Selfies consume the lives of teenagers

‘Me Generation’ is obsessed with documenting their every move, keeping record of themselves over time

By Kansas Gibler

Graphic by Alexis Riner

“But first, let me take a selfie.”

Selfies have become culturally commonplace. It’s no longer unusual to look across the classroom and see students stop working to lean in and document that day’s science lab.

Besides biology class, selfies exist on the internet. There isn’t a social media site that hasn’t had pixels in the form of a human face grace at least one of its pages.

Not only do the people you see in class and on the streets take selfies, but most celebrities and public officials have posted at least one on the internet as well.

Ezra Koenig, singer of the indie-rock band Vampire Weekend, has publicly advocated for selfie-taking, although he opts for the alternate spelling “selfy.”

“I’m definitely pro-selfy. I think that anybody who’s anti-selfy is really just a hater,” Koenig said in an interview with Rolling Stone. “Because, truthfully, why shouldn’t people take pictures of themselves? When I’m on Instagram, and I see that somebody took a picture of themselves, I’m like, ‘Thank you.’ I don’t need to see a picture of the sky, the trees, plants. There’s only one you.”

Koenig illustrates a positive outlook on selfies. He claims that they benefit people and has faith in “selfie culture.”

The Chainsmokers, however, are two New York residents who received public attention due to their 2014 single “#SELFIE.” The song compiles stereotypes suggesting that selfie-takers have a narrow, self-centered mindset, but also illustrated the undeniable popularity of selfie-taking.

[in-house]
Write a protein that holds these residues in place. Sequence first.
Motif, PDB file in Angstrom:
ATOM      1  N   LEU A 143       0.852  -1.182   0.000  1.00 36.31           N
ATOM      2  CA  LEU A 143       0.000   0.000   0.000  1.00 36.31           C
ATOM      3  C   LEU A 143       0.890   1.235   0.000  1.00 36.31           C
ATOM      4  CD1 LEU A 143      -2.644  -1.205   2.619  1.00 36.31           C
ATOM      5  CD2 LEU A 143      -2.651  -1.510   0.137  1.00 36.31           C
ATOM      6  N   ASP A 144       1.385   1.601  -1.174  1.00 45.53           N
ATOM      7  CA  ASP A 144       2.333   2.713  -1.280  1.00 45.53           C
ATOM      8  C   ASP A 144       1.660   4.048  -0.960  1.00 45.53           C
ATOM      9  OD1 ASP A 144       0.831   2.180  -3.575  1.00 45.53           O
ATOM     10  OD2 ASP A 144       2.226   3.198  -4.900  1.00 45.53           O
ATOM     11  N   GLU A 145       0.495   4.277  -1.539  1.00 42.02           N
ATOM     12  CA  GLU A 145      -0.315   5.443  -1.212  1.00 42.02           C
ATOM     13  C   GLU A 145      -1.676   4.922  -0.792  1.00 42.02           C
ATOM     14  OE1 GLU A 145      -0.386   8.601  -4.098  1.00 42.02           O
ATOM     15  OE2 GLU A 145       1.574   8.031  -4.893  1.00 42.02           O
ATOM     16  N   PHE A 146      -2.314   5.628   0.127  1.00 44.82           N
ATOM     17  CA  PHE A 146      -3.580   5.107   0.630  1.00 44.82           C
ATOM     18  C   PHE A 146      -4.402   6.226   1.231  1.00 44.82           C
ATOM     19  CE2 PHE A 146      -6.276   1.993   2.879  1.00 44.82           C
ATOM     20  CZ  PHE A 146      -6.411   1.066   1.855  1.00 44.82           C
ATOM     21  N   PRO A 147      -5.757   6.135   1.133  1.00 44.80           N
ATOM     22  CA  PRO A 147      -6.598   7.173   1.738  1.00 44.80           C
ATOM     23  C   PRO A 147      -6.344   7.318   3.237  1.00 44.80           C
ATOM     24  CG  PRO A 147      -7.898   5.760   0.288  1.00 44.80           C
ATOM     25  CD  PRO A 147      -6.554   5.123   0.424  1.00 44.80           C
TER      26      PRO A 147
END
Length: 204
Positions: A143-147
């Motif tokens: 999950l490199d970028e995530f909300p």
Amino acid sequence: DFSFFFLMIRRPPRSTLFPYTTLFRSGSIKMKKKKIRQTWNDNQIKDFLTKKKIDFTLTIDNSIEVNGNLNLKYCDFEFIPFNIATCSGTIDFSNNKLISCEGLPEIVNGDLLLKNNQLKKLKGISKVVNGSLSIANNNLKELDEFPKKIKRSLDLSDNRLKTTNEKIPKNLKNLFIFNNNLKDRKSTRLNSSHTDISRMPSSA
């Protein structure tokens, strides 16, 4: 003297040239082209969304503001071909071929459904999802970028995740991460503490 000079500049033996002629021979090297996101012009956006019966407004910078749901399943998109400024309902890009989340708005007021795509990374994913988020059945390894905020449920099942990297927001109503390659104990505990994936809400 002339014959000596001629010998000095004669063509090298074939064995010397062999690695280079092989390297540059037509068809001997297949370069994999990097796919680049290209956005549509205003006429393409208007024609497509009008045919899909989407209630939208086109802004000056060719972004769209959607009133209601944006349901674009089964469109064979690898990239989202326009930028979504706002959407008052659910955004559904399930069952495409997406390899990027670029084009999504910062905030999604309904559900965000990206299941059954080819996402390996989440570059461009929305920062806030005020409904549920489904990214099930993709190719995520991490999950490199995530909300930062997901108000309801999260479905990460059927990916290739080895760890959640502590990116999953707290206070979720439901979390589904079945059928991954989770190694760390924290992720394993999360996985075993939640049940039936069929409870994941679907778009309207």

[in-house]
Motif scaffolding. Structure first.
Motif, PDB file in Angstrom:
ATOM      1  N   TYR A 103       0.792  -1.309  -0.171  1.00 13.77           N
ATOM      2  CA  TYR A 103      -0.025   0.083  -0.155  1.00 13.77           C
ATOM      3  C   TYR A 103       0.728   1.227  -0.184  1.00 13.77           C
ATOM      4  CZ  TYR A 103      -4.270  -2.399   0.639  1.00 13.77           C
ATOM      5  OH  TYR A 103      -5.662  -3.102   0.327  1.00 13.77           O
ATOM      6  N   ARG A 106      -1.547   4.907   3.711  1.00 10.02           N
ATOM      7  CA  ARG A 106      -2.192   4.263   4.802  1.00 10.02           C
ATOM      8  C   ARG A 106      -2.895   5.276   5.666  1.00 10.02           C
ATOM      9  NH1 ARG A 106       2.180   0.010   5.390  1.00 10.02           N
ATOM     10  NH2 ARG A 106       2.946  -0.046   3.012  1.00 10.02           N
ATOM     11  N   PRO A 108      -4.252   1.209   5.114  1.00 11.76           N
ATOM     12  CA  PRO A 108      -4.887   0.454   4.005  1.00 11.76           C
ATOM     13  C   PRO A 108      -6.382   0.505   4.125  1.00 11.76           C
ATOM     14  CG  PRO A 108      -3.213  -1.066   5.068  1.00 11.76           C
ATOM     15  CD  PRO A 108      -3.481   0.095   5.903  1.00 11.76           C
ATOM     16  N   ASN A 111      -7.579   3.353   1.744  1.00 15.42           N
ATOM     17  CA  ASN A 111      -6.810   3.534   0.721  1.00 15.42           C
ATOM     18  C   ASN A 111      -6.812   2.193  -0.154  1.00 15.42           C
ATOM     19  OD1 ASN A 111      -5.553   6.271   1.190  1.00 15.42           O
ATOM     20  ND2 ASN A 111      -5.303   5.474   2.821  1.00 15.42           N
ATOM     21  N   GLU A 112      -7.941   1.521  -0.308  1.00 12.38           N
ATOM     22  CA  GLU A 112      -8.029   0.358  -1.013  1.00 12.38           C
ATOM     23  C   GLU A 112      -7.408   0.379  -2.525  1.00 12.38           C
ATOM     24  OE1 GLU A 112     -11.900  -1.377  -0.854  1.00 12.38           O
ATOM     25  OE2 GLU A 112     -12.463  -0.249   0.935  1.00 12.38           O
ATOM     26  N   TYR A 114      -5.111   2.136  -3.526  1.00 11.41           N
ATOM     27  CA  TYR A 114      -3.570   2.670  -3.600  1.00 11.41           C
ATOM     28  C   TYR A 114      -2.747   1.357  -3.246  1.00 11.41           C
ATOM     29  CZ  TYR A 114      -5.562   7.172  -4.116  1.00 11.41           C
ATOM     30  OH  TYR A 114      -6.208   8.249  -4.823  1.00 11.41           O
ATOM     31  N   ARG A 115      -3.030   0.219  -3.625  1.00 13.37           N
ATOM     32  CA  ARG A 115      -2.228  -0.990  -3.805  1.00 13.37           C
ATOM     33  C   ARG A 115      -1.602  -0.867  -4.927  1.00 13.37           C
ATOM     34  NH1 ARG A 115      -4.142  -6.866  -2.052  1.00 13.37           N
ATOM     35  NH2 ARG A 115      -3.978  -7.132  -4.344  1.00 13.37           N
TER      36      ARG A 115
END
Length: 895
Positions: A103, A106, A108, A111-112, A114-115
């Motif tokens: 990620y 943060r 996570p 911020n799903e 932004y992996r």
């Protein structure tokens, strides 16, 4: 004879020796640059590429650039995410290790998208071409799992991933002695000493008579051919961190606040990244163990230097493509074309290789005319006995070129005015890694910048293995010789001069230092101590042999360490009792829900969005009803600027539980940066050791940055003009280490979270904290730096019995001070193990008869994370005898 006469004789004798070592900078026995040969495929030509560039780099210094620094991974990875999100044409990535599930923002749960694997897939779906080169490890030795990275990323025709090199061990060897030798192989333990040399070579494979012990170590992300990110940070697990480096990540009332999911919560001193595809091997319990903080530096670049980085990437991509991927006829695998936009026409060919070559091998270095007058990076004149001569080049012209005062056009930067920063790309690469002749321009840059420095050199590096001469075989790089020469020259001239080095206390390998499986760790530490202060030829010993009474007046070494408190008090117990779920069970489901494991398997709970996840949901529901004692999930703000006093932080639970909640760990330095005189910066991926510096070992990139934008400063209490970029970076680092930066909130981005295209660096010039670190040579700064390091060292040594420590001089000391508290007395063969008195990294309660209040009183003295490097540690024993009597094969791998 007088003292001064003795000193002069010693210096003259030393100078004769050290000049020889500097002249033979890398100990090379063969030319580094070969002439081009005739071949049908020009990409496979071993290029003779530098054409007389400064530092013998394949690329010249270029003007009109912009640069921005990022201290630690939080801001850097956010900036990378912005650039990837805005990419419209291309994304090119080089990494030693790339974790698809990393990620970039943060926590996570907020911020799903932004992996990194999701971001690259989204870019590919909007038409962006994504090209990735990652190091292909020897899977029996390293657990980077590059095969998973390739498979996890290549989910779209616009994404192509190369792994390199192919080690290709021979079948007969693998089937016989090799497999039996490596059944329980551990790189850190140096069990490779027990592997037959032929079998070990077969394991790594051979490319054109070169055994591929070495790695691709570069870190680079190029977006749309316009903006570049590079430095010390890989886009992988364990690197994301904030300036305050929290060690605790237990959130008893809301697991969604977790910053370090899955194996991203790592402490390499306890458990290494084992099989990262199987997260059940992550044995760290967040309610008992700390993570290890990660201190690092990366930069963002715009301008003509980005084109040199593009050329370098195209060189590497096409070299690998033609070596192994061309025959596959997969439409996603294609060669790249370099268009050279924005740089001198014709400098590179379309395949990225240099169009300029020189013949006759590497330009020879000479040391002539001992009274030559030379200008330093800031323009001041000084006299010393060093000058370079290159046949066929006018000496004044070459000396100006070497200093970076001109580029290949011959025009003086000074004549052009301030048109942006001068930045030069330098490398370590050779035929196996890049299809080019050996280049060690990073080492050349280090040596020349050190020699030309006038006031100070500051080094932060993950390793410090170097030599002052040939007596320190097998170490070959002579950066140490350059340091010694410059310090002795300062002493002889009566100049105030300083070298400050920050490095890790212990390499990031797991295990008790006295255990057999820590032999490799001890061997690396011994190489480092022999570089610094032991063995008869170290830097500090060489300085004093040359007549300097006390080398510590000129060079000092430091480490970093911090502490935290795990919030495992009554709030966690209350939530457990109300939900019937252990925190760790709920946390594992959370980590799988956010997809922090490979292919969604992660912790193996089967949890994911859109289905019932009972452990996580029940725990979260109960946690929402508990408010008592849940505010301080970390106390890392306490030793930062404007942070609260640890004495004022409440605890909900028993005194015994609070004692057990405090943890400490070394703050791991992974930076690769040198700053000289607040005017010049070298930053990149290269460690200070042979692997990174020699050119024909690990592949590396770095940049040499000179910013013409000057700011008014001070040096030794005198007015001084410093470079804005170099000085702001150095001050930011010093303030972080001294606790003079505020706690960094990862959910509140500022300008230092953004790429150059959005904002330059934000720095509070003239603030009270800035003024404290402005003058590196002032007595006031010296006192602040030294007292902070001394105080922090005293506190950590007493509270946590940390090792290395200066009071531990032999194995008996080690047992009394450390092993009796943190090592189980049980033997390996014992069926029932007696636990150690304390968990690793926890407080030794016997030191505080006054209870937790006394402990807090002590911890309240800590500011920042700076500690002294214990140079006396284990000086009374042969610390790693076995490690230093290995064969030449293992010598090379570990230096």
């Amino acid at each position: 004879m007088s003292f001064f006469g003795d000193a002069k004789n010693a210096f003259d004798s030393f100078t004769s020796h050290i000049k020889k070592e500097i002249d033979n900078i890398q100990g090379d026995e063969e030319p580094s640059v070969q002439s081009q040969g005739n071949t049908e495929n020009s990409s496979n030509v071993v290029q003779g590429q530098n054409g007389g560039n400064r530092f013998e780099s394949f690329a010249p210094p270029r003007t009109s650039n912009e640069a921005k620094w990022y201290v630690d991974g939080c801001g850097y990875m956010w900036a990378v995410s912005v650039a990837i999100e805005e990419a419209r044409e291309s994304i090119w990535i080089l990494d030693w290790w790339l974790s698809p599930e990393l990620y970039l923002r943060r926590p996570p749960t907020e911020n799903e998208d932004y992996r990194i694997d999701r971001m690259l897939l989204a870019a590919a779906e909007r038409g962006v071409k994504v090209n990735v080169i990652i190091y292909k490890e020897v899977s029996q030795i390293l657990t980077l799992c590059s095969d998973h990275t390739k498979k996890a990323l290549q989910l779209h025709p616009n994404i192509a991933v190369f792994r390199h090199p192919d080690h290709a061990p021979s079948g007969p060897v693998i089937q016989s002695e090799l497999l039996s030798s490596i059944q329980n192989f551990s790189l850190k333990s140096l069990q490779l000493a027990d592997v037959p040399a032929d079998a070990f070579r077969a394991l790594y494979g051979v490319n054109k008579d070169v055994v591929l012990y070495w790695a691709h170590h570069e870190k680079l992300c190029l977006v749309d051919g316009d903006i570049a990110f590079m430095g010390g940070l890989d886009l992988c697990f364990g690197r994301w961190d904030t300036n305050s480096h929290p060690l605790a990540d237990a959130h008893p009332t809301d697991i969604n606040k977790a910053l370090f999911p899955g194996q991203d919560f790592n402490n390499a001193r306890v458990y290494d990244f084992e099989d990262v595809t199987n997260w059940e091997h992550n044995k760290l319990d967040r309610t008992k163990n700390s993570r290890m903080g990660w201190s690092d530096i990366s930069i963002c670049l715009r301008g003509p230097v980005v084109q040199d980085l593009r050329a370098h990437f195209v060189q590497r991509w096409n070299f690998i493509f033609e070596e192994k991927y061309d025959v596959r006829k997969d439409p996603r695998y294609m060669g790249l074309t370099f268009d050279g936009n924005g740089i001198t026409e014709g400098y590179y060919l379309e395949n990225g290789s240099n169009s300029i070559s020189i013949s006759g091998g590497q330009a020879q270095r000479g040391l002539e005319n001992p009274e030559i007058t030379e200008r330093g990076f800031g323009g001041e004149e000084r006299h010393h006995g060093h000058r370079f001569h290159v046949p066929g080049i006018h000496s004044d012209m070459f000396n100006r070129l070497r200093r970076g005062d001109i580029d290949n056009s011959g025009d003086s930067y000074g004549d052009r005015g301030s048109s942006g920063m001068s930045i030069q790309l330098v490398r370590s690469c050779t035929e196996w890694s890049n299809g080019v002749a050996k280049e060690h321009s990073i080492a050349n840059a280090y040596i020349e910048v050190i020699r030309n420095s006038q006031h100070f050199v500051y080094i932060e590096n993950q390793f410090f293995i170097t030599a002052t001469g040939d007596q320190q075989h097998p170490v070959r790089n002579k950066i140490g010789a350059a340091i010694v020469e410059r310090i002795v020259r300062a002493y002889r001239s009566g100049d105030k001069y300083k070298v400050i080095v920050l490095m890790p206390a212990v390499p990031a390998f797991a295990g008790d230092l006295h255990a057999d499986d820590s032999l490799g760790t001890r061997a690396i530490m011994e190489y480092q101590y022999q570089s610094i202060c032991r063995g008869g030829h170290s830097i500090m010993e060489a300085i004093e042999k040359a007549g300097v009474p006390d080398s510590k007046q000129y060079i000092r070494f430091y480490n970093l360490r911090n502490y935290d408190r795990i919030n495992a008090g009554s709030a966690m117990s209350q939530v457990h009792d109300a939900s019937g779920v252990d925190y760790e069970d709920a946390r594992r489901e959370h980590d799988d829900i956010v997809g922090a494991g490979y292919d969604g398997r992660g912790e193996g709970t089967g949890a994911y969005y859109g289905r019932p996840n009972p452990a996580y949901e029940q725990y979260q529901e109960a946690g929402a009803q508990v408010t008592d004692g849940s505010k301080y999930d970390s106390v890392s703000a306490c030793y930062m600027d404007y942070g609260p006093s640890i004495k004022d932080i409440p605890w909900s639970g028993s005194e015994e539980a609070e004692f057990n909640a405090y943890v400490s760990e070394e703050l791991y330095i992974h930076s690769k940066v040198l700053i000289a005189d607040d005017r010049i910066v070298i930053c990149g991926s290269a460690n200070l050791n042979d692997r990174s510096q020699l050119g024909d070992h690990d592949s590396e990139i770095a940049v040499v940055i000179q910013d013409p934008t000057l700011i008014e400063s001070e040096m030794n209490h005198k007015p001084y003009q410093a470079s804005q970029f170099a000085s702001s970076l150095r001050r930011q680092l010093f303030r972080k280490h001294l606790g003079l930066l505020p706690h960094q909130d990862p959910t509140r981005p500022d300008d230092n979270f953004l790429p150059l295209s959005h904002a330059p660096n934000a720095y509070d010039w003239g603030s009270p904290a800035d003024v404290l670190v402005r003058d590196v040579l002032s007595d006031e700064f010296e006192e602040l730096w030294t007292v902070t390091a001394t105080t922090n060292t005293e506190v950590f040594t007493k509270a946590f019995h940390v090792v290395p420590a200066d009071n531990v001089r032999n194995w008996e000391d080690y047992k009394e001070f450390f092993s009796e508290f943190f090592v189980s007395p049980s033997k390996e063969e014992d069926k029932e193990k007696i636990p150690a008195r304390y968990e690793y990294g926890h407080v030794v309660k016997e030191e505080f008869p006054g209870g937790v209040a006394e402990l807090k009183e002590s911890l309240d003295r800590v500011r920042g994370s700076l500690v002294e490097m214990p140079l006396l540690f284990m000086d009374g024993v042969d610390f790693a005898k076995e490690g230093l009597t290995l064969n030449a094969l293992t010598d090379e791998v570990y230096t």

Valid arguments against selfies exist, but they can easily be dismantled with reason. Many people slander the self-centered side of selfies, but a picture of oneself is nearly impossible to make unselfish.

In the past year, more people have often referred to teenagers as the “me generation,” when really humans have been obsessed with themselves for ages.

Wealthy people in the Renaissance sat for hours on end, while artists immortalized their likeness on canvas. They, like people who often take selfies, wanted their likeness to be something that others could examine and even praise.
To me, sitting for the better part of a day to have an image of oneself is a more self-centered task than the 30 seconds a person spends taking a picture of themselves.

With hundreds of students capturing their daily lives in a square photo with a Lo-Fi filter, it’s tough to say that selfies don’t matter.

The value of the “selfie culture” is of exponential importance to the development of our generation as well as generations to come. Being able to look back on yourself as a teenager is one of the best gifts of current technology, seeing how you changed on a daily or weekly basis through an old Facebook or Instagram account.

“It’s important to document yourself at the time and document what changes you’ve gone through over the years,” sophomore Lydia Caldwell said.

Selfies allow people to keep a record of themselves over time, some even create video compilations of those photos to show a change or progress over time and share them on social media sites. The videos show people in transitions, such as going through phases or recovery after an eating disorder.

Having a documented account of your face over the months and years of transition between teenage years and adulthood online is much like a digital scrapbook of yourself, which some adults don’t realize.

So take a picture with your friends when your teacher walks out and have your significant other lean in on a date and get a picture and have something to smile at later, because no one should feel guilty for needing evidence of what they’ve looked like and the things that they’ve done.